Writers and Writing

Discussions on the writing process and those who do it.

  • Productivity,  Thoughts, Opinions and Philosophical Discussions,  Writers and Writing

    Perfectionism and Writer’s Block — It’s All About the Baby Steps, Baby!

    This week, I’ve been trying to come up with a riveting blog post idea and I’ve spent nearly two hours dithering, avoiding the problem. Rather than picking one of the hundreds of topics I’ve collected for times like this, I logged onto Joseph Michaels’  UnChained Writers, my favourite online chat group for writers, where I knew I would find others who’d understand and commiserate when I whined and complained about how stuck I was feeling.   “Why do we do that to ourselves?” I said, and gave myself a little pep talk…“Okay, goofball! Just pick one and run with it. Something will come out of it, even if it’s not…

  • Thoughts, Opinions and Philosophical Discussions,  Writers and Writing

    Creative Cross-Pollination

    Recently, in an online chat group, a friend of mine posted this quote:     “My work is not merely about making and achieving a final product to wear or hang. They are my journey, my feelings, and my stories.” — Reiza Wahid   I think that could apply to any of our creative efforts. It’s not just the destination. It’s the journey, the learning, the transformation.   My friend went on to say, “It’s hard to explain that my diaries and origami give me such joy when there’s not much productive to show at the end.  Transformation is the key – transformation of us and who we are.”  …

  • Thoughts, Opinions and Philosophical Discussions,  Writers and Writing

    Declutter your Memoir

    Recently, I had to mop up a flood in my basement, which forced me to move a lot of stuff I’d been storing, keeping and generally shoving out of sight and out of mind, some of it for decades.     You know the kind of thing…”Oh, that’s useful.  I’ll keep it until the other one, the one I’m using right now, breaks or wears out or runs out of power/ink/paper” (or whatever is necessary to keep it running).     Or, “That belonged to my grandparents.  It’s worth something.  Maybe Antiques Roadshow will pay me a lot of money for it.”     Or, “I just can’t throw out…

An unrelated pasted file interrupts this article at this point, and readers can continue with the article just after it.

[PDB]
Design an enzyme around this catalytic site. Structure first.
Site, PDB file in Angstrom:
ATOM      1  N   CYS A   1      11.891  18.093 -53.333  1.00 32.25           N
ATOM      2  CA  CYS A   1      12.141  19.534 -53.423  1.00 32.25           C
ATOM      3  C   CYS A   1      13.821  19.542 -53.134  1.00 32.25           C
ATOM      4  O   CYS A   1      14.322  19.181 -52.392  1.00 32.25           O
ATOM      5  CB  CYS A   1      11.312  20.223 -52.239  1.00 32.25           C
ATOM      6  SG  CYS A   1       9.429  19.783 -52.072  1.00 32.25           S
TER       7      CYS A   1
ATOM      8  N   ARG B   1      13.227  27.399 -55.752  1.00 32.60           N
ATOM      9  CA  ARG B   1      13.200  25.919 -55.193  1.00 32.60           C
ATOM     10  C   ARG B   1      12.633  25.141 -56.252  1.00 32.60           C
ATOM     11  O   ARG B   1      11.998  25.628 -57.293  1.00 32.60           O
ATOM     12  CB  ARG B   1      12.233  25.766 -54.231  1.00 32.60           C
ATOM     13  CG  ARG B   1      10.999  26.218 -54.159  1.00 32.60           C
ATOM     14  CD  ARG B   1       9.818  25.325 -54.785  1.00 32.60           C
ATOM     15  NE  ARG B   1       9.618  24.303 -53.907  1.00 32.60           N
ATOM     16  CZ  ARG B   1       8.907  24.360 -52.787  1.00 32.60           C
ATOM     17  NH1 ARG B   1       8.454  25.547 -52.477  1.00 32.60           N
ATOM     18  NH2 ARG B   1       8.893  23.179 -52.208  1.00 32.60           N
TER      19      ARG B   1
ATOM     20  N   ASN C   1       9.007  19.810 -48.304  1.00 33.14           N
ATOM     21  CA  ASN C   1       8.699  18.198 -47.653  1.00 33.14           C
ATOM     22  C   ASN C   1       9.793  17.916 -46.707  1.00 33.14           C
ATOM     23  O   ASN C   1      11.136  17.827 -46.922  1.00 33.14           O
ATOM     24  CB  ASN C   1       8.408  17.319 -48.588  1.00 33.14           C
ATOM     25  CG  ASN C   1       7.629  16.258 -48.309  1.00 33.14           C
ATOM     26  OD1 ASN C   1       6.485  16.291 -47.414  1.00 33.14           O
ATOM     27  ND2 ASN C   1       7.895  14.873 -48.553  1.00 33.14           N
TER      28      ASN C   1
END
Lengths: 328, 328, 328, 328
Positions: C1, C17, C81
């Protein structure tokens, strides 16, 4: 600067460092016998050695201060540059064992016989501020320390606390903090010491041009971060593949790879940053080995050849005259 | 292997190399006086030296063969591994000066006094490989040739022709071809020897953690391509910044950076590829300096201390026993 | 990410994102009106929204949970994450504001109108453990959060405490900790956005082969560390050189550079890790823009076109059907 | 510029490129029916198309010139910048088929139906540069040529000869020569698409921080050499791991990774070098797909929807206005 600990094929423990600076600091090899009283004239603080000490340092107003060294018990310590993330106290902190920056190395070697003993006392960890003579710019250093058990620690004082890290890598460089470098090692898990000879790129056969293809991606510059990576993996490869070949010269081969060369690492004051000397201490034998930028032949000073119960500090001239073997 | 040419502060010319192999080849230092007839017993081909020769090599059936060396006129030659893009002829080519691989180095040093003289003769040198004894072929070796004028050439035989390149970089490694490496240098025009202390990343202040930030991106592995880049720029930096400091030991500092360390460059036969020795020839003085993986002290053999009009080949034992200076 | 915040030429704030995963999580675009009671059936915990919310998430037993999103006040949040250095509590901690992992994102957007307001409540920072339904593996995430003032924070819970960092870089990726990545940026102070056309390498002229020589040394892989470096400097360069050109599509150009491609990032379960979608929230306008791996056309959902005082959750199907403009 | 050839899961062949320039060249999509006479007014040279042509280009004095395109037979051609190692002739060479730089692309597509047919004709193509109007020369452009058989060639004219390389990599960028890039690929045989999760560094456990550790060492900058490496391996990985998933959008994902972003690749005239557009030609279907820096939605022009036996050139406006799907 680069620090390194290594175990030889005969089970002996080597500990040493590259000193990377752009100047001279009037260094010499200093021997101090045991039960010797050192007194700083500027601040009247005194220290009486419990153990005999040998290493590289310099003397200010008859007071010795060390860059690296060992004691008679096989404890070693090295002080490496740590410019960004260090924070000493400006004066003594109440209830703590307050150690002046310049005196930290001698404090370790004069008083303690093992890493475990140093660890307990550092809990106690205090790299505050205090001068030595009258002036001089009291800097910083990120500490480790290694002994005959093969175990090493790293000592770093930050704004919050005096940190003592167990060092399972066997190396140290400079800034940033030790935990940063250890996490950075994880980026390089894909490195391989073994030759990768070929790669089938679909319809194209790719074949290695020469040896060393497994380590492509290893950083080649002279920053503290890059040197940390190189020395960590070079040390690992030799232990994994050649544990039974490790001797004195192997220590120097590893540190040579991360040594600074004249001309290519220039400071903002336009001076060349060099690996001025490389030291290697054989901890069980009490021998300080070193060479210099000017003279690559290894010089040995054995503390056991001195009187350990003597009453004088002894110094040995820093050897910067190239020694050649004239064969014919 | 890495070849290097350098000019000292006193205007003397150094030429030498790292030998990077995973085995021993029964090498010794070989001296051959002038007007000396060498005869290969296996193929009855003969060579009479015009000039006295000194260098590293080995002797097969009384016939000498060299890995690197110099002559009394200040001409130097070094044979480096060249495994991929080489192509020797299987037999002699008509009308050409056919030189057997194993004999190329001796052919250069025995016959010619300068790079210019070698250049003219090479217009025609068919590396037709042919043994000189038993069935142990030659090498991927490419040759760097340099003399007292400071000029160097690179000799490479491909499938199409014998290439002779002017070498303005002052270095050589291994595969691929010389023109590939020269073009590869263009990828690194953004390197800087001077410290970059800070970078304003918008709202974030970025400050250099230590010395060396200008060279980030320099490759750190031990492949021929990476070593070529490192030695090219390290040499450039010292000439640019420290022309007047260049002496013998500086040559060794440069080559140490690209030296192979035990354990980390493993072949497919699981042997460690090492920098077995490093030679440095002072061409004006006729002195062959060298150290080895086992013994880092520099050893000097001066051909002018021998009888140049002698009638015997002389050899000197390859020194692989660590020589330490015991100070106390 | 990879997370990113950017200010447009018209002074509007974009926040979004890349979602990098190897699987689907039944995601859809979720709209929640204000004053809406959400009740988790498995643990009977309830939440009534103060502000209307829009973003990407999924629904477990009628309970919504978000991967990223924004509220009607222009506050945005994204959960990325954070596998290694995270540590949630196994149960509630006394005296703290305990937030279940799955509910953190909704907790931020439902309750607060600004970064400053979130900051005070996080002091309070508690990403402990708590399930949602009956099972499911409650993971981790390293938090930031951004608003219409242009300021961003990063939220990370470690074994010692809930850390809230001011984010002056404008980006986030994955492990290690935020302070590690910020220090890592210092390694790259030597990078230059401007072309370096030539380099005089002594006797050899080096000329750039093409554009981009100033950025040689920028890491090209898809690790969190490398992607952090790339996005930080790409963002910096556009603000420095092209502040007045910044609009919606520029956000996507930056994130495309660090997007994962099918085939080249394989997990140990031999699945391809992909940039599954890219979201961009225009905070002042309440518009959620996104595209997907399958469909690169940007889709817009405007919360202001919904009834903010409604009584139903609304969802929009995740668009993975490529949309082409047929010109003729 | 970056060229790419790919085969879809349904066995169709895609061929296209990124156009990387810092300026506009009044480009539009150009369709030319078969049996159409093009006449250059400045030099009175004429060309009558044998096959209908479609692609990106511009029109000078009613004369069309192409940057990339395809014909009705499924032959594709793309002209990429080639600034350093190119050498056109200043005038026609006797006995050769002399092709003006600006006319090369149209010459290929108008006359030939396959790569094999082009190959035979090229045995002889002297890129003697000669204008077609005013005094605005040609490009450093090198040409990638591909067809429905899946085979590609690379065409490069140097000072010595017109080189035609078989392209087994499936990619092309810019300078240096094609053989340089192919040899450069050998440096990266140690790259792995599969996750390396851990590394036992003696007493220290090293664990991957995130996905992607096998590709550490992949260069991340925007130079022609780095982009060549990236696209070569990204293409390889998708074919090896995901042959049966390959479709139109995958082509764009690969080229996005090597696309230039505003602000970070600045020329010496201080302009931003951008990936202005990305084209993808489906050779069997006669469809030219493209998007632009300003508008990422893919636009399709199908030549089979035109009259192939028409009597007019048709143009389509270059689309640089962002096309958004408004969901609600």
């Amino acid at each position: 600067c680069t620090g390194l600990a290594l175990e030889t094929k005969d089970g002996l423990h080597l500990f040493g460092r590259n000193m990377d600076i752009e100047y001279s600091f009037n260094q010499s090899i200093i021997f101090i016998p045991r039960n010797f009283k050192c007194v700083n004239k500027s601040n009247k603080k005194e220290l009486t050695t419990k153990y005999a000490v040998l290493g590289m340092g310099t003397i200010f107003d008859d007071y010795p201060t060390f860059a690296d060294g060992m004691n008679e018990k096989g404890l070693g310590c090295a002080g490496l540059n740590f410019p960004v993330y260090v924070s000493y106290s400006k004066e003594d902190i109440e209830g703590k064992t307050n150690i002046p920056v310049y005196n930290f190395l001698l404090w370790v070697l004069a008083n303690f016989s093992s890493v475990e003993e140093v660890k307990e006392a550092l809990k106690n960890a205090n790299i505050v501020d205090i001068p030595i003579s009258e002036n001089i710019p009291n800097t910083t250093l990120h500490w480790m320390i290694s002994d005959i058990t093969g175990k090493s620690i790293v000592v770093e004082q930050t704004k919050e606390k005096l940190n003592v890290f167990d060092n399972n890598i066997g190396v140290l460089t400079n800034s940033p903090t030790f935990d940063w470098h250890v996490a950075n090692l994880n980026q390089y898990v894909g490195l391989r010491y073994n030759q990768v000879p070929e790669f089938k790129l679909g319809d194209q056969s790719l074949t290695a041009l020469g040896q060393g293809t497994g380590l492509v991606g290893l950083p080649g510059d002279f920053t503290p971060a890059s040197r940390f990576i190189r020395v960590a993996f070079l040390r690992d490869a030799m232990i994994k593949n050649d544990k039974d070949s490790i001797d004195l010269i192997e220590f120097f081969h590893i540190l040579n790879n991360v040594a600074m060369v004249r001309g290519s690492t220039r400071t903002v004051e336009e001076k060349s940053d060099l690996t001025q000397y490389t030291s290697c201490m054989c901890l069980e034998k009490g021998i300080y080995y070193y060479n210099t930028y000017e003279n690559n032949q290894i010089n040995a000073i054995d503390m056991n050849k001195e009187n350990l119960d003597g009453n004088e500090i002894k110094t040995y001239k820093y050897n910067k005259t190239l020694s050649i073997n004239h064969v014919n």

• Creativity,  Productivity,  Thoughts, Opinions and Philosophical Discussions,  Training, Lessons,  Writers and Writing

    Are you a terrible writer?

    Have you ever suddenly decided halfway through a writing project that it’s all crap?  That everything you’ve done up to this point is garbage and you’ll never be a “real” writer?     Do you habitually reach a point in your drafts when you convince yourself that it’s not good enough, it’ll never be good enough, and you should throw it out and start over, but you desperately try to stick with it, even though you have an overpowering urge to delete your work and start again with a different style or P.o.V. or…anything?   Welcome to the world of the frustrated writer.   Anyone who’s any good at all…

  • Creative Writing,  Productivity,  Writers and Writing

    The Evils of Comparison

    “Be yourself; everyone else is already taken.” ― Oscar Wilde  The saints are the sinners who keep on trying. — Robert Louis Stevenson   Do you think you’re a crappy writer? Why do you think that? Did someone tell you that your writing sucks? Where did this belief originate?     Whose voice do you hear in your head? Was it a teacher in the third grade or the fifth or the tenth, telling you that you’re not good enough to be a writer?   I call bullshit! You’re not being fair to yourself — You’d never ask a child to paint like Rembrandt, dance like Nureyev, or sing like Pavarotti,…

  • Creative Writing,  Memoirs,  Training, Lessons,  Writers and Writing


    I’m sitting in my recliner, teaching a creative writing class on Zoom, tea cooling beside me, about to show the class how to use short stories in autobiographies.  I’m using the “Homework for Life” exercise from Matt Dicks’ book, “Storyworthy”.  This is an exercise I’ve adapted to fit my short story workshop series and it works like a kind of free-writing or stream-of-consciousness process similar to Julia Cameron’s Morning Pages.    I’ve called this exercise “Snippets” and it’s a ten- or fifteen-minute activity in which students go back over their day and try to find a moment or incident that for some reason sticks out for them.  It also works…